Sunday, May 4, 2014

8/28/11 Miracle vs Tragedy vs Expectation

Listening to NPR ( ! ) on the way from Vermont to Maine, there was discussion about what shapes us more - genetics or environment.   A common question, but this time some guy was quoted as saying, “Neither.  We’re products of our expectations.” 
I was taught in Landmark Education years ago that most causes of upset are really due to Unmet Expectations.   We expected Emily's birthmother to be the person she purported to be, to follow through on her plan for adoption based upon everything she said to us and to me, and she didn’t.  Upset.   We expected Anna to be healthy and fine, based upon getting to 39 weeks with no issues whatsoever and being at the hospital ready to deliver.  Upset.   We expect people to behave a certain way - and if the expectation is that they’ll be late/undependable/unkempt/high/whatever and they are - that’s cool.  They’ve met our expectation.   But if we expect honesty, integrity, and follow-through and don’t get it?  Watch out.
I was thinking about this as it relates to the labels we put on certain events as being miracles or tragedies.  Aren’t all events really just products of expectation, based upon the circumstances & culture in which we find ourselves?   In the U.S. (Europe, Australia and much of South America too, I’d say), we expect adults to have jobs, get married, have children, support themselves, have housing of some sort.  All fairly stable, ongoing activities.   If someone cannot find work for an extended period despite being educated and talented, loses their home, protracts a terminal illness, has a child with a difficult diagnosis, or loses a child... those are considered tragedies.   But to the people of, let’s say, parts of Africa (because I don’t know enough about Asian cultures), illness and death are more the norm.  They might feel that it’s a miracle to have only lost one child, instead of 4.  Employment - any employment - might be a miracle.   Same with housing.  An apartment?  Are you kidding?  An apartment would be heaven and unimaginable wealth for millions of people on earth.    Many parts of Central America would say the same.  Food?  In a refrigerator, no less?  So much of what is common and therefore expected in our Western mainstream culture would be considered a miracle elsewhere.  (For that matter, ask the homeless guy if he would consider a roof over his head and 3 meals a day for the rest of his life a miracle.  I bet he would.  Most of us don’t ‘consider’ that at all - it’s kind of a given, a choice, even.)
I don’t take Brad for granted for one minute, because of the person he is and how lucky I am that he chose me too.   Until this current line of thinking though, I never really thought about our relationship as a miracle.  I just counted myself very lucky.  But I can name at least 4 amazing, accomplished, bright, funny women who would likely consider finding a husband of his caliber to in fact be a miracle at this point.   And I for one consider it a tragedy that they don’t have such a person to share their lives with.   (There are some men missing out, I’m telling you.)  
Not having children, losing Anna the way we did, losing Emily, I have considered those tragedies, for the most part.   If we were to lose our home, if I were to lose Brad, I would consider those tragedies too.  But what if I didn’t?  What if I considered each of these ‘everyday’ things to be a miracle?  What if I expected nothing??  Would gratitude permeate my being as a default emotional state, rather than sadness?   Work, Brad, the house and everything in it, the park we live adjacent to, a fully functioning body (minus the thyroid, but whatever), friends - miracles every day.    Then, if one should go, it would just be... what it is when miracles aren’t happening.   If there is no more than this, if I expect no more than this, should I be upset about that?  I suppose it’s the same as being grateful for what you have every day, because it’s tiresome to treat everything good about your life as a miracle all the time.   Clearly someone figured this all out a long time ago, of course, and a few savvy ones have made bazooka-bucks on the concept.  We’ve all heard about being grateful for what we have for years, but until now I haven’t viscerally “gotten it”.   So it is new to me.  Not entirely comfortable yet, either, so don’t get your hopes up that I’m some new and improved emotional/psychological version of myself.  I’m still trying it on, seeing if I can incorporate it, and how far I really want that to go.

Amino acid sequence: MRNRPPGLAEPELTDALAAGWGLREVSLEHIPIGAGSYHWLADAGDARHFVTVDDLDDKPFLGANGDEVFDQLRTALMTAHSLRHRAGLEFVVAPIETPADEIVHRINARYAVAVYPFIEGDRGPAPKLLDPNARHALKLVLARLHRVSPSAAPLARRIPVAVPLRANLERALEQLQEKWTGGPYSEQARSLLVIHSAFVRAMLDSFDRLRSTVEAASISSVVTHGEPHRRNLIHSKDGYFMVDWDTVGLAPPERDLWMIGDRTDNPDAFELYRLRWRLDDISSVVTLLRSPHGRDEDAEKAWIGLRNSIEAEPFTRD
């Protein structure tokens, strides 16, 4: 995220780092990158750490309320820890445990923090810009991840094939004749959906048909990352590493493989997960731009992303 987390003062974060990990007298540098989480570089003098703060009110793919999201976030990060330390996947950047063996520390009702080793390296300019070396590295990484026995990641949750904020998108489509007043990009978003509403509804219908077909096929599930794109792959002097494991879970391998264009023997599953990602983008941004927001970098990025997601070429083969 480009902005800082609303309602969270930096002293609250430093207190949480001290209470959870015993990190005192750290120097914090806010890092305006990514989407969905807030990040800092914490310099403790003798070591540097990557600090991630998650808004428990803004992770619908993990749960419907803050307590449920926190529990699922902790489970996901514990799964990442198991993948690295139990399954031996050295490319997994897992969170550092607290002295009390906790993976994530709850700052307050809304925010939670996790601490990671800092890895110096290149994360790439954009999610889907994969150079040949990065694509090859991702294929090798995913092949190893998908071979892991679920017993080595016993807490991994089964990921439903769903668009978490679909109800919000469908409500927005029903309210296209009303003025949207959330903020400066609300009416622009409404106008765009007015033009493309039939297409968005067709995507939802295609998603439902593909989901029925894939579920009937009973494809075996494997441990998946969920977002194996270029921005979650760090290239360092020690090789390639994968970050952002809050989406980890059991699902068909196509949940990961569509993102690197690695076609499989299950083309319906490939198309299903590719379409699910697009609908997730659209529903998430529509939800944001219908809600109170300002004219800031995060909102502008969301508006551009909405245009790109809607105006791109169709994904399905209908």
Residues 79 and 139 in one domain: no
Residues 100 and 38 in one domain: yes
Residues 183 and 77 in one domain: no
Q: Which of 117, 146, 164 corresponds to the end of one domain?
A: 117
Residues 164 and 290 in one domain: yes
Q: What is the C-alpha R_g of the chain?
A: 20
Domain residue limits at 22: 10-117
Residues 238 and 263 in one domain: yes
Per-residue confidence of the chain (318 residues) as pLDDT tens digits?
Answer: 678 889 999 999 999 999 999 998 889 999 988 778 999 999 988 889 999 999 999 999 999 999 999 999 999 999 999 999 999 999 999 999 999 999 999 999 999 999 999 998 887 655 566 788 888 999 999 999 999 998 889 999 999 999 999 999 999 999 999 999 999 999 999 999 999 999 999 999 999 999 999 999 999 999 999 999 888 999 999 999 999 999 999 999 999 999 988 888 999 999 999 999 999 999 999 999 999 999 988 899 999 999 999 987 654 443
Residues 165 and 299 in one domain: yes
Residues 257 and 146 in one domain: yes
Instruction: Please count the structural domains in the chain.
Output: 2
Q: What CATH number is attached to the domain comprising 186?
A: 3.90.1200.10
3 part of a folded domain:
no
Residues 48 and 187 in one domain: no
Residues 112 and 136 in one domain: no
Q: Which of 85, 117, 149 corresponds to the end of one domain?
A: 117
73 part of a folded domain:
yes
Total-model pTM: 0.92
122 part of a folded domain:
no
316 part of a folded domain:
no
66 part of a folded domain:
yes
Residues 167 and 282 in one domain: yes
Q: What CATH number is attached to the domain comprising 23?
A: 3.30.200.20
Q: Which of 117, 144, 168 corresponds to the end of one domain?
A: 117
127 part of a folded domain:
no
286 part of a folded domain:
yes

And I must say this about the word ‘expect’.   ‘Deserve’ is practically a synonym in the manner in which I’m talking about it.   (We expect it, we deserve it, we’re good people who’ve harmed no one intentionally, why wouldn’t we get it, whatever ‘it’ is?)    How many times have I heard myself or others say over the years, “But I/they don’t deserve that?”   Honestly, who says?  Who’s the judge?   What if none of us ‘deserve’ anything at all??   What if this whole concept of ‘work hard enough and you can achieve anything you want’ is complete and total Western-thought brainwash bunk??   You can’t tell me I deserve a big house more than the woman living in a shack in El Salvador, and you certainly can’t tell me I deserve a good husband more than my friends.  Do I deserve, actually deserve, a child more than the parents who can’t feed the ones they have?   Spectacularly devout Christian people have terrible things happen and people say, “Why to them?  They have such faith.  Why not to the heathen?”   But maybe it happens because we don’t. deserve. anything.  It all just Is.  
Miracles and tragedies, just concepts based upon our expectations.  As individual as we are.  Hmm.
May you have a beautiful, uneventful, and therefore miraculous day.  : )

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